In addition, if the United States really wanted to stop Panama or the Cayman Islands or other offshore tax havens from allowing the wealthy to avoid hundreds of billions in payments, they could do so in about 15 minutes. Our recent free trade deal with Panama allegedly prevents Americans from creating offshore tax havens there, but in general, such tax information exchanges are insufferably weak. And the little America does abroad to police tax evasion dwarfs the next to nothing we do at home.

The intertwining of global and political elites makes tax avoidance, whether legal or illegal, a secondary concern for the country, regardless of how it robs the country of resources and promotes the conception of a two-tiered economic and justice system where the upper class need not follow the same rules as the rest of us. Our politicians made a consistent choice that this rampant tax avoidance doesn’t bother them.

“Anonymous shell companies have been used to rip off Medicare,” said Gascoigne. “They’ve been used to evade U.S. sanctions. Arms dealers like Viktor Bout, the so-called Merchant of Death, used U.S. shell companies to launder money.” Indeed, Mossack Fonseca has affiliated offices in Wyoming, Nevada, and Florida. America is up to its eyeballs in this style of corruption.

It’s a fixable situation. The U.S. could sign on to the OECD standards tomorrow. In addition, the Incorporation Transparency and Law Enforcement Assistance Act would require data collection on the beneficial ownership of shell companies and limited liability corporations. But opposition from the states benefiting from foreign tax havens, as well as the National Association of Secretaries of State, has stalled progress. Secretaries of State typically have the authority to register corporations, and they prosper from registration fees. Delaware and its companion states that offer corporate secrecy convinced the Secretaries of State organization to oppose the bill.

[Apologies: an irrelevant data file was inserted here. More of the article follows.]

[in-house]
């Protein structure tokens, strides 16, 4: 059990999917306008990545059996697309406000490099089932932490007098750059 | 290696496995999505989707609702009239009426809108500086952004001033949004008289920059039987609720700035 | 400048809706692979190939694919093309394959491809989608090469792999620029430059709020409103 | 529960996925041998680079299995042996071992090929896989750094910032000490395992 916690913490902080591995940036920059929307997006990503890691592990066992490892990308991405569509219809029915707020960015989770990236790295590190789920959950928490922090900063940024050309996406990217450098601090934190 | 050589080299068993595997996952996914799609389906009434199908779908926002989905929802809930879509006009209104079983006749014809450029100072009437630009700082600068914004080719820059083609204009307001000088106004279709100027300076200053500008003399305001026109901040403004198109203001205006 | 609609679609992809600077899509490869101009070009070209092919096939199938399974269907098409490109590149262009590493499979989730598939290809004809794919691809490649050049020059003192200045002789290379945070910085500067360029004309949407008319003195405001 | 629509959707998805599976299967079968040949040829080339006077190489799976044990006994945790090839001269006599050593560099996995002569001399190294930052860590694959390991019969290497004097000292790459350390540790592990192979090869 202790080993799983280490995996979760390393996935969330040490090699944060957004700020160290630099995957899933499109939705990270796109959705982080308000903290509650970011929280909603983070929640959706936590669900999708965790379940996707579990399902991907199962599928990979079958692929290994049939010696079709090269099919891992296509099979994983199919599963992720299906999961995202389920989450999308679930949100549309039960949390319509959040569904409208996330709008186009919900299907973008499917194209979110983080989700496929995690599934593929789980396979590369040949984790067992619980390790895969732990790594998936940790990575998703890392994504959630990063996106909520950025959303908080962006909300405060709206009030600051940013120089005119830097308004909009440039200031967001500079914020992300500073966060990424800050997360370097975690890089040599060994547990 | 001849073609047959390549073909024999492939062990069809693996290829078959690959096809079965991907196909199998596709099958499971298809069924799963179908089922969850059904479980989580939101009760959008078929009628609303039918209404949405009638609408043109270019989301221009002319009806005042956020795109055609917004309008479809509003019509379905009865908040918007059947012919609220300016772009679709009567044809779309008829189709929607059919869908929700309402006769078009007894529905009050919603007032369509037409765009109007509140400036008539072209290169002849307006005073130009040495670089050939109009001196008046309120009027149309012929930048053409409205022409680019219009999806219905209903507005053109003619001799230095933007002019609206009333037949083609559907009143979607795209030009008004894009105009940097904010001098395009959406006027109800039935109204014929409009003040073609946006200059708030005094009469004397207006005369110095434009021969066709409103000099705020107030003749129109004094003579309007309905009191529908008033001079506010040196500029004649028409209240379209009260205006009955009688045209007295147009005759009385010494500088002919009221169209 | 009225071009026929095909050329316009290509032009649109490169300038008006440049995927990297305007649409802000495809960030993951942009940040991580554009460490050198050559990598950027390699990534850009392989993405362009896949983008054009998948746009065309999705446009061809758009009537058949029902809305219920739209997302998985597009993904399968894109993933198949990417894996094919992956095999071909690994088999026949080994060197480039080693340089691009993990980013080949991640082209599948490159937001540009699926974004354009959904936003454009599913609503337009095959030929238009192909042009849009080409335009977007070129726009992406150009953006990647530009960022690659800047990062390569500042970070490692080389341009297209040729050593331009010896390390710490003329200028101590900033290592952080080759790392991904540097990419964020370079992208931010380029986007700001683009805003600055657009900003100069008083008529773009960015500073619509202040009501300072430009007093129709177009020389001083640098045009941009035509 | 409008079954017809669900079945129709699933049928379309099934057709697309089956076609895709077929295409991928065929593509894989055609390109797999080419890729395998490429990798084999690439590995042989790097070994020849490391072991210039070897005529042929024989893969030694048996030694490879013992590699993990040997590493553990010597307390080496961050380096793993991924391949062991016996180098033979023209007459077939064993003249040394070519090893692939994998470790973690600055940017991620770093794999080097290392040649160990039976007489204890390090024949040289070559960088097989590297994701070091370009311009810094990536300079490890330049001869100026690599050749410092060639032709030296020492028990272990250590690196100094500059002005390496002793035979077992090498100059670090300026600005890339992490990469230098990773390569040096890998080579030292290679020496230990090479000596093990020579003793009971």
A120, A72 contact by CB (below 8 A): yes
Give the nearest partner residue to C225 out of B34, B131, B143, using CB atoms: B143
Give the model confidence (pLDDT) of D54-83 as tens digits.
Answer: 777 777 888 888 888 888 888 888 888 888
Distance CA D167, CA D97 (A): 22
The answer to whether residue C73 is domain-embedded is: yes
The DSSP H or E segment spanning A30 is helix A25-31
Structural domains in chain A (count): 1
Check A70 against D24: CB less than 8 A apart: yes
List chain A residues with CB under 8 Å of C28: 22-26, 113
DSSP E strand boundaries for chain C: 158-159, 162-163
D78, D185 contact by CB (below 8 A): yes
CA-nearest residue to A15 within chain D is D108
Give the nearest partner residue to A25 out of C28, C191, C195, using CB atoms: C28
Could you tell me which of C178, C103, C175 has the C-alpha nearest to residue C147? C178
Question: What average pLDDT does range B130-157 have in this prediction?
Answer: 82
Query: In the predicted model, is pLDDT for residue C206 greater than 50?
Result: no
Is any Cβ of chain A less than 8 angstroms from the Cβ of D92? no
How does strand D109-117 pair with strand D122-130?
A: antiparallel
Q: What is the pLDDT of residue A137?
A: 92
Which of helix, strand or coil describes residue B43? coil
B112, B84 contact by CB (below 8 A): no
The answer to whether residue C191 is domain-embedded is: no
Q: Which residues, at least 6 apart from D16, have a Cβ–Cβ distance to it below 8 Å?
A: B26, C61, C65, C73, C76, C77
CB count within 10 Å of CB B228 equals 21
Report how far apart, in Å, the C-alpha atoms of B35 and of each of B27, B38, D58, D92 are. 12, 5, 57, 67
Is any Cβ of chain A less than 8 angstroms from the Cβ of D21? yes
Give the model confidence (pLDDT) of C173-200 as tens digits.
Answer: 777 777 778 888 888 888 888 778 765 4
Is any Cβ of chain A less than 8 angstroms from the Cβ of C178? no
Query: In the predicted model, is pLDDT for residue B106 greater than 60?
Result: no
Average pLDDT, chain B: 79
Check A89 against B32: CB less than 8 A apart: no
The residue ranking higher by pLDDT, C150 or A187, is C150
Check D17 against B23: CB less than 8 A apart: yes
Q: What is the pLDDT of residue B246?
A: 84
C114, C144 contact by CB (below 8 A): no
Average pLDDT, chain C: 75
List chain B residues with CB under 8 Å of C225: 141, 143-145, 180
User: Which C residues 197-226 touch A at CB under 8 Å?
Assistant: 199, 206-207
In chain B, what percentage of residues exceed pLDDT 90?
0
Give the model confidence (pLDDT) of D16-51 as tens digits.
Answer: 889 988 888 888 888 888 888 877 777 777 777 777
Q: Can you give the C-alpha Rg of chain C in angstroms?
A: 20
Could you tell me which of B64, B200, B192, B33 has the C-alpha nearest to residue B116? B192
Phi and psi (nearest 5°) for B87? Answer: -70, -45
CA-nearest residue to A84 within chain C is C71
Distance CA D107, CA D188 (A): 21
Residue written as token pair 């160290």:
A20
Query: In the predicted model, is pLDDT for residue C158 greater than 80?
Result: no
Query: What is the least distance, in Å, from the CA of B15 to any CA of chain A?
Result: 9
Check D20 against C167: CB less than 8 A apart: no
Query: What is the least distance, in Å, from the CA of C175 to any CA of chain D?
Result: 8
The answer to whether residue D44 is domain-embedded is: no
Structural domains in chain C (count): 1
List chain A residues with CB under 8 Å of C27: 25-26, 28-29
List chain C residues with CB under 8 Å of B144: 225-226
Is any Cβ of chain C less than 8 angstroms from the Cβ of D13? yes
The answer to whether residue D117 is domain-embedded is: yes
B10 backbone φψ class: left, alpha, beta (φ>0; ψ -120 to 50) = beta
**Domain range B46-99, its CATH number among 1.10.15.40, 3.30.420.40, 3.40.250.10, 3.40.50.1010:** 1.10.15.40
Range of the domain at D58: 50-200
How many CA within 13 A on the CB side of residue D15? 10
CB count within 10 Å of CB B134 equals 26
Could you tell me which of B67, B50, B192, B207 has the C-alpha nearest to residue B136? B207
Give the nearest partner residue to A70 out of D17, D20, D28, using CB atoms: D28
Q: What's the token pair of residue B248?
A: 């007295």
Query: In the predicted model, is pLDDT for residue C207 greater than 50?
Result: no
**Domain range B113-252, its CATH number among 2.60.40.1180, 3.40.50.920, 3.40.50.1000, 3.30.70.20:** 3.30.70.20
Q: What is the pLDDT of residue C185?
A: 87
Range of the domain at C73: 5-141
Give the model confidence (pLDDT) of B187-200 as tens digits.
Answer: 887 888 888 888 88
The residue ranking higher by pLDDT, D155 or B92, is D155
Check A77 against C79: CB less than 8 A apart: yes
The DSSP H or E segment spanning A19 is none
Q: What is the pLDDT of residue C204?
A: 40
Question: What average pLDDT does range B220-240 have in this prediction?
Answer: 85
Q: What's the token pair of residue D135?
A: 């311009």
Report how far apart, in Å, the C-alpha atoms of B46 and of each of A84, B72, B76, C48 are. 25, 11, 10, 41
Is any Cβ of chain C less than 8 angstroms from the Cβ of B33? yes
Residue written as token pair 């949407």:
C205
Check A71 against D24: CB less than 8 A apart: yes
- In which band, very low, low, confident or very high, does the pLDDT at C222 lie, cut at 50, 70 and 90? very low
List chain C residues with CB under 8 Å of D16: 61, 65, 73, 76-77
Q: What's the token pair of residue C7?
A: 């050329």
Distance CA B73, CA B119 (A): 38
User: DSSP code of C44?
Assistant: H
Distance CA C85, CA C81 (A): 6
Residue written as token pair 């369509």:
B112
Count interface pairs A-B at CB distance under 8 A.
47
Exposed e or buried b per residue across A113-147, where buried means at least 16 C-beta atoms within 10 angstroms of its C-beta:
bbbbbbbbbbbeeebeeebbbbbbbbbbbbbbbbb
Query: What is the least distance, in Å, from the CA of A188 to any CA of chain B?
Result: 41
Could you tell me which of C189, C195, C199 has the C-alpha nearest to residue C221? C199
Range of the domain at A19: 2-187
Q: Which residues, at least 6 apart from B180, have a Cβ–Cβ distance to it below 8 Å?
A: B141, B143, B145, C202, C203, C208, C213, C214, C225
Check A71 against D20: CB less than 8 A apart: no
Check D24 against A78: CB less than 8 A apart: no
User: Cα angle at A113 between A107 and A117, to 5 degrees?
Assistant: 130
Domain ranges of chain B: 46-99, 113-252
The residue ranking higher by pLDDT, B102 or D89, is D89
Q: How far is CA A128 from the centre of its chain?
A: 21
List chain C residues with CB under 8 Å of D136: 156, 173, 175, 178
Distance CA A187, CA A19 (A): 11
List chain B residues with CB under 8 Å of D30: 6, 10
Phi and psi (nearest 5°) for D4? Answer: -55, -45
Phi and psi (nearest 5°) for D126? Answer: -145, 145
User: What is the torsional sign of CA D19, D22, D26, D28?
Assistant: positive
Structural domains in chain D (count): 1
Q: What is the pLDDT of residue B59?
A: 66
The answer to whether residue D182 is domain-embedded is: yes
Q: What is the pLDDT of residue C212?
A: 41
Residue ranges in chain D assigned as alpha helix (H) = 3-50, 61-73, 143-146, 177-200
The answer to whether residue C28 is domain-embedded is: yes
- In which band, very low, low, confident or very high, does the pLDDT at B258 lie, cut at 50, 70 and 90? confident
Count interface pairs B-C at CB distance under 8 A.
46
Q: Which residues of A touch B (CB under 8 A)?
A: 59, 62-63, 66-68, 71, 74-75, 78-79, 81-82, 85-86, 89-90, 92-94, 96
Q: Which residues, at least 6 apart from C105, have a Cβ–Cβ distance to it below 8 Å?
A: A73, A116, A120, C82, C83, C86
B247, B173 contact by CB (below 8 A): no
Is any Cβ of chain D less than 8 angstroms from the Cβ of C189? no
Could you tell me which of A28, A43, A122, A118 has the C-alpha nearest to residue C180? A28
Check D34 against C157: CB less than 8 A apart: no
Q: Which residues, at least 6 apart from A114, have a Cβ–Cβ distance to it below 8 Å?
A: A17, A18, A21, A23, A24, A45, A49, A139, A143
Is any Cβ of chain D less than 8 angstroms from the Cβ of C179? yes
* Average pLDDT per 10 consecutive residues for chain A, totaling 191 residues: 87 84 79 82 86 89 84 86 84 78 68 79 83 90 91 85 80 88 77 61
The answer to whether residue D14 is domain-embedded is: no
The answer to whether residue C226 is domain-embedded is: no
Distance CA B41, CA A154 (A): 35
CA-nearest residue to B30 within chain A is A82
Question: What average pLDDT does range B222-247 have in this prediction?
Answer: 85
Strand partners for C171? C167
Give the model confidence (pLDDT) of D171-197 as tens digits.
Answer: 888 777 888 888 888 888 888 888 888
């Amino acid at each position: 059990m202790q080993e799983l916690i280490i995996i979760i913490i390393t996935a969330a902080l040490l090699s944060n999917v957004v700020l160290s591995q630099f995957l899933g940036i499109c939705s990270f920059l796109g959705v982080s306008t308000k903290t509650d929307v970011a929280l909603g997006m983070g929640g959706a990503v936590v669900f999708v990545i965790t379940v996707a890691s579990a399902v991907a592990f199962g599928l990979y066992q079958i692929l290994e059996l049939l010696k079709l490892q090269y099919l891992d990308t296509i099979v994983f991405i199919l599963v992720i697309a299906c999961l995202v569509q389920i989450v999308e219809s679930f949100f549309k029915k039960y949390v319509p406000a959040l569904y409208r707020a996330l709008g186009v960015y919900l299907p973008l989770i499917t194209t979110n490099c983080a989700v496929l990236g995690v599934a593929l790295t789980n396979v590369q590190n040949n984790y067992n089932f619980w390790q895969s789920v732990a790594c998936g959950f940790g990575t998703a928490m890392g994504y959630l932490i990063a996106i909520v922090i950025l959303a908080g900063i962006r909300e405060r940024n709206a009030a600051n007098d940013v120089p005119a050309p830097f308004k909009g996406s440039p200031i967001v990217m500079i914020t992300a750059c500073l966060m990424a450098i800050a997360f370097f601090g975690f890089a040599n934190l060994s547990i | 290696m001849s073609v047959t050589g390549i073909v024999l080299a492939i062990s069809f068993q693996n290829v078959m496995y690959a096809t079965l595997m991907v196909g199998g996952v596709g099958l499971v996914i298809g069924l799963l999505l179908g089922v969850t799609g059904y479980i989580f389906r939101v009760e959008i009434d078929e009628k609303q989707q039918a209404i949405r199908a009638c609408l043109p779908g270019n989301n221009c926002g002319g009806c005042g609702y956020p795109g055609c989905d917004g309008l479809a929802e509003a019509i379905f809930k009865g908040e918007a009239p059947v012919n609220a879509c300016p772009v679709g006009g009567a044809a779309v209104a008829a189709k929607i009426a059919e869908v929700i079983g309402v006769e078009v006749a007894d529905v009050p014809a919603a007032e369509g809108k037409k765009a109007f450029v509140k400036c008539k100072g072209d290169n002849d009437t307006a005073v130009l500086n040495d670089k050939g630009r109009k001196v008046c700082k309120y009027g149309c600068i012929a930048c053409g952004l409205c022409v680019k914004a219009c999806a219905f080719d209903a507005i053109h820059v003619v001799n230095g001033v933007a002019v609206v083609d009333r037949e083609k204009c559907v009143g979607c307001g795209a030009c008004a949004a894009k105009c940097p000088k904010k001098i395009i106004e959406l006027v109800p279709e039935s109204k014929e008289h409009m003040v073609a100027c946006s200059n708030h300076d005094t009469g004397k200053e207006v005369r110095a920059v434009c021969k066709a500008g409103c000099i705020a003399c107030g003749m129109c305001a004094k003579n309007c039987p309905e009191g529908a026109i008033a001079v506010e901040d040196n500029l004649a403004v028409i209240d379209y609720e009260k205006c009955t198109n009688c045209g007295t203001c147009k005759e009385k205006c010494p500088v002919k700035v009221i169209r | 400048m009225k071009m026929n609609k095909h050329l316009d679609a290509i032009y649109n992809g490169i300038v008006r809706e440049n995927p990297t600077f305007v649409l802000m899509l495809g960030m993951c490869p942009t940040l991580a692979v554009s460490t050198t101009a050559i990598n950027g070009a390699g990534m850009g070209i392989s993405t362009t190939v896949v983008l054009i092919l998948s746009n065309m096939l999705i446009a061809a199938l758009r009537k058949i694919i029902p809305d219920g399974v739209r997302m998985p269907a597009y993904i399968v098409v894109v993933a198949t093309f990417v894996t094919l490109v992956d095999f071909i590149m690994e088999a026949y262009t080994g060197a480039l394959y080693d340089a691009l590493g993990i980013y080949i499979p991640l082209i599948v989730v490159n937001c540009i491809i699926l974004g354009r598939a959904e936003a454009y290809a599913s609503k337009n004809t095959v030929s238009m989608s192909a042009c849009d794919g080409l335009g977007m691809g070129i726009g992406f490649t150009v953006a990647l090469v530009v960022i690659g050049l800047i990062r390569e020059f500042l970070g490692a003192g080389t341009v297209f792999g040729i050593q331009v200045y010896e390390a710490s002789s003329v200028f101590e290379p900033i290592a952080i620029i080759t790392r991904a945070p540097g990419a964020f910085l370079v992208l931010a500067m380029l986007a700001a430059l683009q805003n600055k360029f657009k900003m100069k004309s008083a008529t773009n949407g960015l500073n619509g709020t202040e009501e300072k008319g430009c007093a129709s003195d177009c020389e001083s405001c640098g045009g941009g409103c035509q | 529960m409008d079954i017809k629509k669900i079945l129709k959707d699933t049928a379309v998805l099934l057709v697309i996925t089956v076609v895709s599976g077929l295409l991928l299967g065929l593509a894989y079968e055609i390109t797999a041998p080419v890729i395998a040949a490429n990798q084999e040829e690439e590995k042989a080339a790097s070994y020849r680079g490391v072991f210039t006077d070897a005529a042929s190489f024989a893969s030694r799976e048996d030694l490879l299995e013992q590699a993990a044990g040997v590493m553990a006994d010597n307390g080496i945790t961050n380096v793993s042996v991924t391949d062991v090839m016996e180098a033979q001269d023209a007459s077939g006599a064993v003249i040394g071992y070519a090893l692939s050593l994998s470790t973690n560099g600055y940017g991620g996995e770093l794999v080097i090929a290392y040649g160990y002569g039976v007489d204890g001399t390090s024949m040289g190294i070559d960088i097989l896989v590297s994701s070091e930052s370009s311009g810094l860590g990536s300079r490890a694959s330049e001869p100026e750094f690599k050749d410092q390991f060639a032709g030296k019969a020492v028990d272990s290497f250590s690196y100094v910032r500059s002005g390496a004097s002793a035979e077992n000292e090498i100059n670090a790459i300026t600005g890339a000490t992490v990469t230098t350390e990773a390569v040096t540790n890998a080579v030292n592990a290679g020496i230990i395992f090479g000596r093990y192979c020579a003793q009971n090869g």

If every state gave up this information, Delaware would still be a friendly place for corporations to register, given their legal regime, low corporate tax rates, and several other advantages. But without a federal law, states can just compete with each other over how much corporate information to hide from domestic and foreign authorities.

Extremely powerful forces hope that the Panama Papers reaction mirrors previous leaks about tax avoidance – a lot of grumbling but no lasting changes. They try to guarantee that by lobbying their respective governments. And they care more than the masses of people who don’t lobby every day for the rick to pay their taxes. The core problem doesn’t stop with the bare facts, pointed out in lurid detail by this leak. It’s that nobody really wants to do anything about it.

By David Dayen

David Dayen is a journalist who writes about economics and finance. He is the author of "Chain of Title: How Three Ordinary Americans Uncovered Wall Street’s Great Foreclosure Fraud," winner of the Studs and Ida Terkel Prize, and coauthor of the book "Fat Cat: The Steve Mnuchin Story." He is an investigative fellow with In These Times and contributes to the Intercept, the New Republic and the Los Angeles Times. His work has also appeared in the Nation, the American Prospect, Vice, the Huffington Post and more. He has been a guest on MSNBC, CNN, Bloomberg, Al Jazeera, CNBC, NPR and Pacifica Radio. He lives in Los Angeles.